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Old 11-26-2013, 05:20 PM
 
Location: Long Island
57,347 posts, read 26,255,278 times
Reputation: 15674

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Quote:
Originally Posted by ReturningWest View Post
I'll bet their insurance did cover woman's healthcare prior to this suit until it was brought up about the ACA, insurance companies have been covering this for decades but all of a sudden there is a snit about it.

I believe if companies can all of a sudden pick and choose what they will or will not cover...what's next?
I was thinking the same thing, most companies include birth control have to wonder if their current insurer already covers.
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Old 11-26-2013, 05:28 PM
 
Location: New Jersey
16,912 posts, read 10,603,038 times
Reputation: 16439
I'm a bit torn on this one. The contraceptive mandate is stupid. The government should not mandate coverage for birth control and, if they do, then I want my health insurance company to cover the cost of condoms. Equally stupid is the notion that a corporation, which is basically writing on a paper and stock certificates, should have a constitutional right to practice a religion. Religion and spiruality is for people, not paper. Paper does not have a "soul", and it cannot praise a god. It should, therefore, not be entitled to lodge a suit based on religious freedom.
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Old 11-26-2013, 07:18 PM
 
4,585 posts, read 3,412,463 times
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Quote:
Originally Posted by robbobobbo View Post
Parts of laws can be struck down without the entire law being struck down. This is not a case of "rewriting the law."

As for Justice Roberts' finding that the individual mandate was constitutional, he did not change anything in the law. He declared a legal justification for it (authority to tax), and dismissed one of the government's main defenses of it (commerce clause). Nothing in the mandate itself was re-worded.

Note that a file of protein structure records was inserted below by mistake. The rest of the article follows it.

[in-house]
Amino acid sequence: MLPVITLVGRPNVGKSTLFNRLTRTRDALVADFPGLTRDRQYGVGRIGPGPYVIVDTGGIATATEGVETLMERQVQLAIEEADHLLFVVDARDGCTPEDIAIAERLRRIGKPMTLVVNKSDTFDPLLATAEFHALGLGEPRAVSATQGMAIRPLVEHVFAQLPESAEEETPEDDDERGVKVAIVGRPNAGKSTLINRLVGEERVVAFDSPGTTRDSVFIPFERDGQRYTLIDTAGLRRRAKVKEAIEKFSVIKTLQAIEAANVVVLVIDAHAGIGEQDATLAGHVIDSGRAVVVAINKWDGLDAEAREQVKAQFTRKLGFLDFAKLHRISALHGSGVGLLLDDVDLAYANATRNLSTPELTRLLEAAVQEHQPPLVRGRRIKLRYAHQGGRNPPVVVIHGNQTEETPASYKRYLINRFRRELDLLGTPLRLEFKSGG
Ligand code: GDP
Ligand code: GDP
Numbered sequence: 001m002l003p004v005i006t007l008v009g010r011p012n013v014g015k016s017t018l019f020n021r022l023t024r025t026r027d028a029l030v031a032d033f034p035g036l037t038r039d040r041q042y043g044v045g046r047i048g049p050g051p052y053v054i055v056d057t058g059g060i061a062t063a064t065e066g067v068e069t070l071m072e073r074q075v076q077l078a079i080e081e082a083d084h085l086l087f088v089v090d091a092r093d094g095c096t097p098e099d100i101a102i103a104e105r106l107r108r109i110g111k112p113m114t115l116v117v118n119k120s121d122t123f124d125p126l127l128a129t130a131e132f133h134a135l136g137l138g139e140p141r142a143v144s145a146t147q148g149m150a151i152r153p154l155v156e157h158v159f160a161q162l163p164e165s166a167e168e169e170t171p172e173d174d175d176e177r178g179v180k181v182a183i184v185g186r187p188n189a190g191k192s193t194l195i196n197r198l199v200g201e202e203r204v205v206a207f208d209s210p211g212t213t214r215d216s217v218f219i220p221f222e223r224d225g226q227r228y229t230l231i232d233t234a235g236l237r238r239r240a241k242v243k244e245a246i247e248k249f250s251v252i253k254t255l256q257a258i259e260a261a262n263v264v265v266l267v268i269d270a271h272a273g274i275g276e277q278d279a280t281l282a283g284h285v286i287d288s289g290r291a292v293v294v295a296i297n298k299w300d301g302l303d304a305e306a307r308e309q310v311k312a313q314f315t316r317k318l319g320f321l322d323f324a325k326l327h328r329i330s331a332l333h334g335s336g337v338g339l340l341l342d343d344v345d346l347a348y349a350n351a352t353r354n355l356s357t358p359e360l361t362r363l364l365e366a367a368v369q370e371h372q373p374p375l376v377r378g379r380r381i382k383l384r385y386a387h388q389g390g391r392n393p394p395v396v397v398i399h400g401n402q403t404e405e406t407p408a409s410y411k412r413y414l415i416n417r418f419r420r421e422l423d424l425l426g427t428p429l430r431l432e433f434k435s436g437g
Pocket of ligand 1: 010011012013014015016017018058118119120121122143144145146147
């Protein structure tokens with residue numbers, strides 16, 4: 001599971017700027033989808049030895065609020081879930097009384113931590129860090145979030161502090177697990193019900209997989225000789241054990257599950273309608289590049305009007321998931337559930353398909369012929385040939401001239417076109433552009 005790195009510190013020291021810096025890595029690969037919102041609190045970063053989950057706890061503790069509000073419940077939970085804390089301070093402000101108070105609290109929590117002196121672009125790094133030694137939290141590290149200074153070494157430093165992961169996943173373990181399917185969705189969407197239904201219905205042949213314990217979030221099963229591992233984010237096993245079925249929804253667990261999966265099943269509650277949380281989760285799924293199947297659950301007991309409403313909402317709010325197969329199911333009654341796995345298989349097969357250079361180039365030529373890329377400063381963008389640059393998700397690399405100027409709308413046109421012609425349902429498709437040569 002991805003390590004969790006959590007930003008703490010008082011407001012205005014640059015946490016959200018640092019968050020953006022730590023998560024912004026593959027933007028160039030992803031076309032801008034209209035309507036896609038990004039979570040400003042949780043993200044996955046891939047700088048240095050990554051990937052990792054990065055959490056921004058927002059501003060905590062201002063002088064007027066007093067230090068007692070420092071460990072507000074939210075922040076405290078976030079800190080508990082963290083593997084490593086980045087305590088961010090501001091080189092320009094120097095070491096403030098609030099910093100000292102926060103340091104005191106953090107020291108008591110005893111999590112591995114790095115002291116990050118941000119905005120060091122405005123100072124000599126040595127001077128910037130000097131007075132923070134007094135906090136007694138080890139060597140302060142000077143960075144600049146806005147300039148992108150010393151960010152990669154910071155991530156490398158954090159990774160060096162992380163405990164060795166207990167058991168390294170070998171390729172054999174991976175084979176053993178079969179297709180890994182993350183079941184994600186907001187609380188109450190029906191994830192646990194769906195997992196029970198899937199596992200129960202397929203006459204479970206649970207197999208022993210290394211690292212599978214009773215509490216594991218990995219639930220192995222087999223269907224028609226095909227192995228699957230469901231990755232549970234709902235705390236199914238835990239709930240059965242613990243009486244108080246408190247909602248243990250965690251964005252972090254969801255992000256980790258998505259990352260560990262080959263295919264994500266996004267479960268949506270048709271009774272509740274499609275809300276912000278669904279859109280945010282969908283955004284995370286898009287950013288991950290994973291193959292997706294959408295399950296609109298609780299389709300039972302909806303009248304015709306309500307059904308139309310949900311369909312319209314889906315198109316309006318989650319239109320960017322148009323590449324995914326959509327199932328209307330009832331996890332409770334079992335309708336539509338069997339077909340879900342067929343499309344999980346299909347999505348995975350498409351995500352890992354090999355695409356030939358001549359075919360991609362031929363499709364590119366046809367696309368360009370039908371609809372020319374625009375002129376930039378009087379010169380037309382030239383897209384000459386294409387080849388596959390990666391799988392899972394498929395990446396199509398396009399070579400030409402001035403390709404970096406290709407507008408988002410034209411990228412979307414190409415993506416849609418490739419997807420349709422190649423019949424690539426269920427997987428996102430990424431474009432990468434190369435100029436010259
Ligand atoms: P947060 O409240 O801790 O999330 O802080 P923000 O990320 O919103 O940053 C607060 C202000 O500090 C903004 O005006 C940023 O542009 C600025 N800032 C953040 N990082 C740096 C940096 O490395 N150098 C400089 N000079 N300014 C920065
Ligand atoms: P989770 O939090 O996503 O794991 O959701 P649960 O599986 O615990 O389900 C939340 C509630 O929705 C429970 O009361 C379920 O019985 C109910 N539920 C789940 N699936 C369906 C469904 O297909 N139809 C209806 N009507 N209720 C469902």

As has been mentioned in other threads, the ACA is one of the rare laws the DOES NOT have a severability clause. This was not due to congressional error, but due to an atmosphere in the Dem house at the time of it being an all or nothing deal. The bill was specifically written in such a way that if one part is struck down the whole thing goes. Now, I am sure that is the SCOTUS decision becomes an issue, they will find SOME way around it. But just wanted to let everyone know.
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Old 11-26-2013, 08:16 PM
 
Location: Long Island
57,347 posts, read 26,255,278 times
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Quote:
Originally Posted by MJJersey View Post
I'm a bit torn on this one. The contraceptive mandate is stupid. The government should not mandate coverage for birth control and, if they do, then I want my health insurance company to cover the cost of condoms. Equally stupid is the notion that a corporation, which is basically writing on a paper and stock certificates, should have a constitutional right to practice a religion. Religion and spiruality is for people, not paper. Paper does not have a "soul", and it cannot praise a god. It should, therefore, not be entitled to lodge a suit based on religious freedom.